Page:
VPN + TOR Bridge or Exit Node?

Discussion in 'privacy technology' started by Brosephine, Feb 13, 2016.

  1. Brosephine

    Brosephine Registered Member

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    I want to pair my VPN with Tor but am not sure which direction I should do it from. My Vpn provider offers tutorials on 3 different methods to do so.
    1. Configure OpenVpn client to connect VPN over Tor network
    2. Configure your Tor client bundle to use VPN as exit nod
    3. Configure your Tor client bundle to use VPN as a bridge
    I don't want my VPN to be able to see my Tor traffic and would prefer my real ISP not know I'm even using Tor. I have an idea which of these methods suits me best but am interested in your thoughts about it.
     
  2. mirimir

    mirimir Registered Member

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    1) This routes the VPN tunnel through Tor. That's only useful if you've purchased the VPN subscription using Tor, with no leaks, and have paid with cash through the mail, or with thoroughly anonymized Bitcoin. No matter how anonymous Tor may be, your anonymitity is limited by links to the VPN account.

    2) I've never heard about this before. So are some VPN services running Tor exit nodes as login links? I have played with VPN servers as hidden services. But like 1), this effectively routes the VPN tunnel through Tor.

    3) This is the opposite. It routes Tor through the VPN.

    It sounds like 3) is what you want. Your ISP sees only the encrypted VPN connection. And the VPN provider sees only your encrypted connection to the entry guard.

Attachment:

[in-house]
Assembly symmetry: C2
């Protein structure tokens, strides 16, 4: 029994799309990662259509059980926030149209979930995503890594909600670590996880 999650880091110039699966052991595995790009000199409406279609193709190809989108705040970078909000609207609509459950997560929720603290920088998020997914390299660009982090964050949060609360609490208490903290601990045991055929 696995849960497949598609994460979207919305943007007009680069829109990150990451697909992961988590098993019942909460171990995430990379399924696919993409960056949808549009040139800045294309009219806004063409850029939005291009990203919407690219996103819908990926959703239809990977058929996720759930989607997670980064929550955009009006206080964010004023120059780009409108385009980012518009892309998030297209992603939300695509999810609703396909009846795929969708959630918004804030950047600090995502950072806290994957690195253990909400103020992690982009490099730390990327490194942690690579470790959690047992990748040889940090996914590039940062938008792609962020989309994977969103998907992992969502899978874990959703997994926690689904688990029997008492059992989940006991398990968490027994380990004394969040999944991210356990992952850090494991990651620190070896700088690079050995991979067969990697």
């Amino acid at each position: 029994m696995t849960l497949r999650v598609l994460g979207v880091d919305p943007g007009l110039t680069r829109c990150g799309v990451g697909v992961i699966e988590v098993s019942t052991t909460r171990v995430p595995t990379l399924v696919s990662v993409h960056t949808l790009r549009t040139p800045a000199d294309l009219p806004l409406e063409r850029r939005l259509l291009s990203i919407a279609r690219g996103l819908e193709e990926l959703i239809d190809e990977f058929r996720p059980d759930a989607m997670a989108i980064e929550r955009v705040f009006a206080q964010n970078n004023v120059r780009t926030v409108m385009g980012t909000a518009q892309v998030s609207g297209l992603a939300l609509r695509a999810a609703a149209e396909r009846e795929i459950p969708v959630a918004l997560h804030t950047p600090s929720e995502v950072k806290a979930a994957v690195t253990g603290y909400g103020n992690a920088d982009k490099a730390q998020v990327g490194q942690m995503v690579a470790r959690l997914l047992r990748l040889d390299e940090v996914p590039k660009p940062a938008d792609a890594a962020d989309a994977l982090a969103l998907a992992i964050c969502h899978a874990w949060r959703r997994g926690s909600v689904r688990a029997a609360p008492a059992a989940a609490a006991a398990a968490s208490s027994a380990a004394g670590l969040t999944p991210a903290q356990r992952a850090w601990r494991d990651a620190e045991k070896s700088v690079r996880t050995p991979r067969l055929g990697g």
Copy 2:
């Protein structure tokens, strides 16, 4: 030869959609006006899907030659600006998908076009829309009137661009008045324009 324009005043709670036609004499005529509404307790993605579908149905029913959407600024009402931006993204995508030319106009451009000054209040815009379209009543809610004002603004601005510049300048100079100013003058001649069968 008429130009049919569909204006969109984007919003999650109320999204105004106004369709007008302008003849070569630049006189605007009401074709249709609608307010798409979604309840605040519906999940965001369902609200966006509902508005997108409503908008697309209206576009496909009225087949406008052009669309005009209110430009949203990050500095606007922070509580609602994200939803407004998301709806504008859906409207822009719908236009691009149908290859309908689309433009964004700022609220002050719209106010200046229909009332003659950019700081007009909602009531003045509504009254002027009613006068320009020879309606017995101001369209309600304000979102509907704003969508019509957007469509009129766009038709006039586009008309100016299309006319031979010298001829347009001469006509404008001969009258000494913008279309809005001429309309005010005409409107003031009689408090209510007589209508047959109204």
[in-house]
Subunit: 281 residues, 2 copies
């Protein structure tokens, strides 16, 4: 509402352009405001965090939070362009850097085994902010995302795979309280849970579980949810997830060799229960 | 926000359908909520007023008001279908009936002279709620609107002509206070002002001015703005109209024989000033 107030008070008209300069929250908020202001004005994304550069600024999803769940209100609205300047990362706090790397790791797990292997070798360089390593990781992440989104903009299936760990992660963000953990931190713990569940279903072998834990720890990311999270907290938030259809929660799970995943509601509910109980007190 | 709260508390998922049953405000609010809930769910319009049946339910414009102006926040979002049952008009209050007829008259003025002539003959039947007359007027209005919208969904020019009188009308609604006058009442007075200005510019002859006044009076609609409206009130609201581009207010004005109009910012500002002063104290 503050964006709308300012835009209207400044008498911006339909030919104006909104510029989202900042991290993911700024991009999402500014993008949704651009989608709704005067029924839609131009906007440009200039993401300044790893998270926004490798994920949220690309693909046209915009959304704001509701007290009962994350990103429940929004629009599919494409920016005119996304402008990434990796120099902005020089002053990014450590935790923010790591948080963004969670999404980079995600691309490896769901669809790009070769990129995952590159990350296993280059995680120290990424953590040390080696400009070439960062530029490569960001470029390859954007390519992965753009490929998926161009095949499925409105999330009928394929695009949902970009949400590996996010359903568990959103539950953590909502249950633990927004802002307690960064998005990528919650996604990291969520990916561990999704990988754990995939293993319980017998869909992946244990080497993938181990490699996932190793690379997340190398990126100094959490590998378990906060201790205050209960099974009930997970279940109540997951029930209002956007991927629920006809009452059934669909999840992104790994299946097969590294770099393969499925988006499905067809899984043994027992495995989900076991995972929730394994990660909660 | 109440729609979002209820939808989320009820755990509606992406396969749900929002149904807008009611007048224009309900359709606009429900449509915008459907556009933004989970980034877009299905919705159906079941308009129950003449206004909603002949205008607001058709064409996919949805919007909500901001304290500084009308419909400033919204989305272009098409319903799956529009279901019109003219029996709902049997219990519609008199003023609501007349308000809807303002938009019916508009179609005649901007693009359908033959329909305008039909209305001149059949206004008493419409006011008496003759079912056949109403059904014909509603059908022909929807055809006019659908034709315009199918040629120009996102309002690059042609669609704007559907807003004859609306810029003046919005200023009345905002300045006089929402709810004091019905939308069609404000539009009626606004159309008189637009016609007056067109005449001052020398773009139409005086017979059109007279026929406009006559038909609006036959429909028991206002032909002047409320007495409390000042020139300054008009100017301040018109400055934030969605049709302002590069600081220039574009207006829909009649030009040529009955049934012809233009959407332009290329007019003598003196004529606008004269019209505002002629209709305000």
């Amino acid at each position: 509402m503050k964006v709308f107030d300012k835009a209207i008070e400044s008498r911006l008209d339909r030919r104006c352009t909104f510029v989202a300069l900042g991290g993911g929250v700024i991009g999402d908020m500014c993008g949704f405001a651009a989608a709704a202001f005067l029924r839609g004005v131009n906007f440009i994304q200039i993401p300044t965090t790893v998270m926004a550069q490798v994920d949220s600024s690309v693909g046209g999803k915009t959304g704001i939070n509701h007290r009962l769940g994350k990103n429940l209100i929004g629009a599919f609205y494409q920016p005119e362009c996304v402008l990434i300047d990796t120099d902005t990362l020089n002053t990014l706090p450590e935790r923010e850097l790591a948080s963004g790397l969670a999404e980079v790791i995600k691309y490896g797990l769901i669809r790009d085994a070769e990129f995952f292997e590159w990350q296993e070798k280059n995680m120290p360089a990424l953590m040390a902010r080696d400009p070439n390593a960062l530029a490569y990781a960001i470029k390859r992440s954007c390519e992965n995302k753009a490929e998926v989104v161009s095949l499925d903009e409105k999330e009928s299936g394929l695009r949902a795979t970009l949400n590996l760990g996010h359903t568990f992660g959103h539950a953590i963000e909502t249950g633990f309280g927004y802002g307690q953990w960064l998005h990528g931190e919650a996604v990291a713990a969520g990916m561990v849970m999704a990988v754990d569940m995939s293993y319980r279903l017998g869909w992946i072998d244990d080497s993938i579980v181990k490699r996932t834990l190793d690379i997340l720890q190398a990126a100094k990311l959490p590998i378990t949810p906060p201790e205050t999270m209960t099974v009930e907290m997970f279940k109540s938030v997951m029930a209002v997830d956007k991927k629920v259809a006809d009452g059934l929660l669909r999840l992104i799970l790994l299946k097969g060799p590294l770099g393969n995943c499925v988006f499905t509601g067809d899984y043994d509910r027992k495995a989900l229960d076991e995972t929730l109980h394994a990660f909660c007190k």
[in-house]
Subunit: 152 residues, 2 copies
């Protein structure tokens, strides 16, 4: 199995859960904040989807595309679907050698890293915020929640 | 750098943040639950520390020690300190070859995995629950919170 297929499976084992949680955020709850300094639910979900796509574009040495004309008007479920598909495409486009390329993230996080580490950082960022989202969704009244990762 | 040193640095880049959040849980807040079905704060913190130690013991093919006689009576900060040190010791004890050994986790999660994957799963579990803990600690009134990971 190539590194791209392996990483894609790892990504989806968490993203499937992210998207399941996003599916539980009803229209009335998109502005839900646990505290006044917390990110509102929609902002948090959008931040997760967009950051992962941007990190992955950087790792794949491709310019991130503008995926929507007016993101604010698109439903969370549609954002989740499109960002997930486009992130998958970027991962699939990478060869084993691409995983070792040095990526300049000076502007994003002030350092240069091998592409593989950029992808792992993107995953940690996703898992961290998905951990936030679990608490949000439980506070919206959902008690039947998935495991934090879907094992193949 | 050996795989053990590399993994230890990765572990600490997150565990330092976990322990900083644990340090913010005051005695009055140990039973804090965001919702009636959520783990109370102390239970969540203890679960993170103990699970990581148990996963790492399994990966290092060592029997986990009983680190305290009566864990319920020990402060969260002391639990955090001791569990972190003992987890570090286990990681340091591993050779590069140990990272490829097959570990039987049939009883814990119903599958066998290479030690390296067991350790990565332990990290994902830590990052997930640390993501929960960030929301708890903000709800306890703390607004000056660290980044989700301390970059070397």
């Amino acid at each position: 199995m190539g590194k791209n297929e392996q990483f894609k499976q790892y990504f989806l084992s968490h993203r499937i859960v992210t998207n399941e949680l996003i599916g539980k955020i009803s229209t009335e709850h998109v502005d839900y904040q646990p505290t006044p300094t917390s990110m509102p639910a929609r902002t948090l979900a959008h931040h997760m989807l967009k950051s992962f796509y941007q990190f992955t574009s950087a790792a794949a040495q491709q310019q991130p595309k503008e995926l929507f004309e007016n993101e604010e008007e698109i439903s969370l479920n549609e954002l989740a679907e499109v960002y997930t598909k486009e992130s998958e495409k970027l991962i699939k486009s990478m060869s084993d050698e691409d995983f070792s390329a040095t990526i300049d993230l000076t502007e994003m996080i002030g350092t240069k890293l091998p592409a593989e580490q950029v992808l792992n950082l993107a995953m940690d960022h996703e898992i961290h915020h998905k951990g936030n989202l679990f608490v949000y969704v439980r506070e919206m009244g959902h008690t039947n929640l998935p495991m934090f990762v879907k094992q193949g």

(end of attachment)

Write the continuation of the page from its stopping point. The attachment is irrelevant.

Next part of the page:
1) and 2) allow you to route UDP through Tor, and can get around Tor blocking.
     
  3. Brosephine

    Brosephine Registered Member

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    @mirimir That's what I would have guessed. How sufficient is simply using Tor browser while connected to a VPN client?
     
  4. mirimir

    mirimir Registered Member

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    At minimum, I recommend using VirtualBox. Connect to the VPN service on the host. Use a VPN client that prevents leaks, or use the Whonix VPN Firewall. If you're not using a custom VPN client, straight OpenVPN is more secure than Network Manager.

    Do nothing on the host except run updates, and manage VMs. Work in VMs. If you want nested chains of multiple VPNs, use pfSense VMs as VPN gateways. For using Tor, run the Whonix gateway and workstation VMs.
     
  5. Brosephine

    Brosephine Registered Member

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    Yeah VM's are my next "area of study." :argh:
     
  6. Palancar

    Palancar Registered Member

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    You want number 3 from your description of needs. I run 3 most of the time as well. Regardless of the host OS you are using, I would strongly recommend that you build a Linux VM within which you can run the TOR browser bundle. That VM will NAT to your host OS, and as Mirimir stated there is NO workspace activity conducted on the host OS. Don't be confused by all the terms because they will make sense quickly as you learn this stuff.

    Model 3 also allows for TOR to utilize a key feature of its security ----- changing the relay route automatically every 10 minutes or so. Its an ignored feature but its huge!

    If you need any help post back and someone would be happy to give you a steer. Mirimir has some guides on IVPN that are great tools while you are learning. You can read them without being a member there. Have fun.